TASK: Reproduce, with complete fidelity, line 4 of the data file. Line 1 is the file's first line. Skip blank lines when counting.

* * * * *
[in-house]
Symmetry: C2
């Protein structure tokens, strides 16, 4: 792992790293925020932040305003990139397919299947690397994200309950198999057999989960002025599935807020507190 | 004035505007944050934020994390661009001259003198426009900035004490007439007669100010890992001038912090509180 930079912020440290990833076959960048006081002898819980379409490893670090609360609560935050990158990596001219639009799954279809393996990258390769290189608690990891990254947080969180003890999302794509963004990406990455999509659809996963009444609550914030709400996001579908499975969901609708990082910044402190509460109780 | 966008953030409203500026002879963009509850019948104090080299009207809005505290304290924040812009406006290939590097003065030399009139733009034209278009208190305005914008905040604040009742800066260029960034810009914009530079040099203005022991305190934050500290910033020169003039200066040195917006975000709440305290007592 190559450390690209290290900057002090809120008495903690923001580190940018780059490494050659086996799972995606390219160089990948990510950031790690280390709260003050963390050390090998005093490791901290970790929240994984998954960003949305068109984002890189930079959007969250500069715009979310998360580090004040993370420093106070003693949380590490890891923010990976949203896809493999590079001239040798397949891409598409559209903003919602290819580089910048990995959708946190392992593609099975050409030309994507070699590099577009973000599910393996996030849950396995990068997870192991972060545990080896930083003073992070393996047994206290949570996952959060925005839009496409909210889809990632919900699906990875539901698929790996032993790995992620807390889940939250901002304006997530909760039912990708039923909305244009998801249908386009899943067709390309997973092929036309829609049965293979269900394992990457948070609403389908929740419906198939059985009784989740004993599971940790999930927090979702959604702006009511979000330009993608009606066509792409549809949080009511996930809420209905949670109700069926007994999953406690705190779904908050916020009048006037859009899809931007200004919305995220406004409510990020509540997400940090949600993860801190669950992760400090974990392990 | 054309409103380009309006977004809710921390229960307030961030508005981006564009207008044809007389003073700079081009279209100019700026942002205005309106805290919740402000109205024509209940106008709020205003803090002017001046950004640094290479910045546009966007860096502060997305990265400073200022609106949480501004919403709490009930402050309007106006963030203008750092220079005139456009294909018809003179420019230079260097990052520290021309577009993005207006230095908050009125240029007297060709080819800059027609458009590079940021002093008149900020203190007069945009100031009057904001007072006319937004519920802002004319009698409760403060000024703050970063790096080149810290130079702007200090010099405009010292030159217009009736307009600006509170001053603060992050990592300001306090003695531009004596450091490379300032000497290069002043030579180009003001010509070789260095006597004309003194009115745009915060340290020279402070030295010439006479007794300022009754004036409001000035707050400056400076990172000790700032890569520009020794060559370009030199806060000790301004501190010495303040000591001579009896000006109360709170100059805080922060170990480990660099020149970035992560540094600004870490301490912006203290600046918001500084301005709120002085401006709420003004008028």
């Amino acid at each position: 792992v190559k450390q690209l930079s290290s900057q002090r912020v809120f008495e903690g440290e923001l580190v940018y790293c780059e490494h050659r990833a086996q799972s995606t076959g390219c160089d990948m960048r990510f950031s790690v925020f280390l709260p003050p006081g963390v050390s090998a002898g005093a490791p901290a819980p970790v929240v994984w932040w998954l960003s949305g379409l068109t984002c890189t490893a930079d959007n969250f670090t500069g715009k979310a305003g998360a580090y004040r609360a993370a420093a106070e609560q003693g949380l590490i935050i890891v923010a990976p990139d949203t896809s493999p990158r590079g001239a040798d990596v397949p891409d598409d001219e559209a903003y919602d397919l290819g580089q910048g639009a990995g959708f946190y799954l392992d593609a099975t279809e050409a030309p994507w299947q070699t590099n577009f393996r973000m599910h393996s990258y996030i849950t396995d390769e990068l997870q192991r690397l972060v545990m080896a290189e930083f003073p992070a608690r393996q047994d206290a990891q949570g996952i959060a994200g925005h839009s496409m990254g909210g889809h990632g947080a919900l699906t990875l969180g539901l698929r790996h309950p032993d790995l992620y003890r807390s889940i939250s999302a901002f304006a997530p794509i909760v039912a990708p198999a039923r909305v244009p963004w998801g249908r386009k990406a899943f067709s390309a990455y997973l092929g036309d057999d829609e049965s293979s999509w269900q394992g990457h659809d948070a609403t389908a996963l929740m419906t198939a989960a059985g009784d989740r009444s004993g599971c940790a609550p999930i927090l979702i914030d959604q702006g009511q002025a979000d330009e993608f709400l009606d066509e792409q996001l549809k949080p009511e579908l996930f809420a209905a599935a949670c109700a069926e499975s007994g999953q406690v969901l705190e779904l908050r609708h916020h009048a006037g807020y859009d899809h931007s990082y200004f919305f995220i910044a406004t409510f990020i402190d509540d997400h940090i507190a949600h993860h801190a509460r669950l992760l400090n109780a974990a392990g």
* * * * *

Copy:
């Amino acid at each position: 792992v190559k450390q690209l930079s290290s900057q002090r912020v809120f008495e903690g440290e923001l580190v940018y790293c780059e490494h050659r990833a086996q799972s995606t076959g390219c160089d990948m960048r990510f950031s790690v925020f280390l709260p003050p006081g963390v050390s090998a002898g005093a490791p901290a819980p970790v929240v994984w932040w998954l960003s949305g379409l068109t984002c890189t490893a930079d959007n969250f670090t500069g715009k979310a305003g998360a580090y004040r609360a993370a420093a106070e609560q003693g949380l590490i935050i890891v923010a990976p990139d949203t896809s493999p990158r590079g001239a040798d990596v397949p891409d598409d001219e559209a903003y919602d397919l290819g580089q910048g639009a990995g959708f946190y799954l392992d593609a099975t279809e050409a030309p994507w299947q070699t590099n577009f393996r973000m599910h393996s990258y996030i849950t396995d390769e990068l997870q192991r690397l972060v545990m080896a290189e930083f003073p992070a608690r393996q047994d206290a990891q949570g996952i959060a994200g925005h839009s496409m990254g909210g889809h990632g947080a919900l699906t990875l969180g539901l698929r790996h309950p032993d790995l992620y003890r807390s889940i939250s999302a901002f304006a997530p794509i909760v039912a990708p198999a039923r909305v244009p963004w998801g249908r386009k990406a899943f067709s390309a990455y997973l092929g036309d057999d829609e049965s293979s999509w269900q394992g990457h659809d948070a609403t389908a996963l929740m419906t198939a989960a059985g009784d989740r009444s004993g599971c940790a609550p999930i927090l979702i914030d959604q702006g009511q002025a979000d330009e993608f709400l009606d066509e792409q996001l549809k949080p009511e579908l996930f809420a209905a599935a949670c109700a069926e499975s007994g999953q406690v969901l705190e779904l908050r609708h916020h009048a006037g807020y859009d899809h931007s990082y200004f919305f995220i910044a406004t409510f990020i402190d509540d997400h940090i507190a949600h993860h801190a509460r669950l992760l400090n109780a974990a392990g």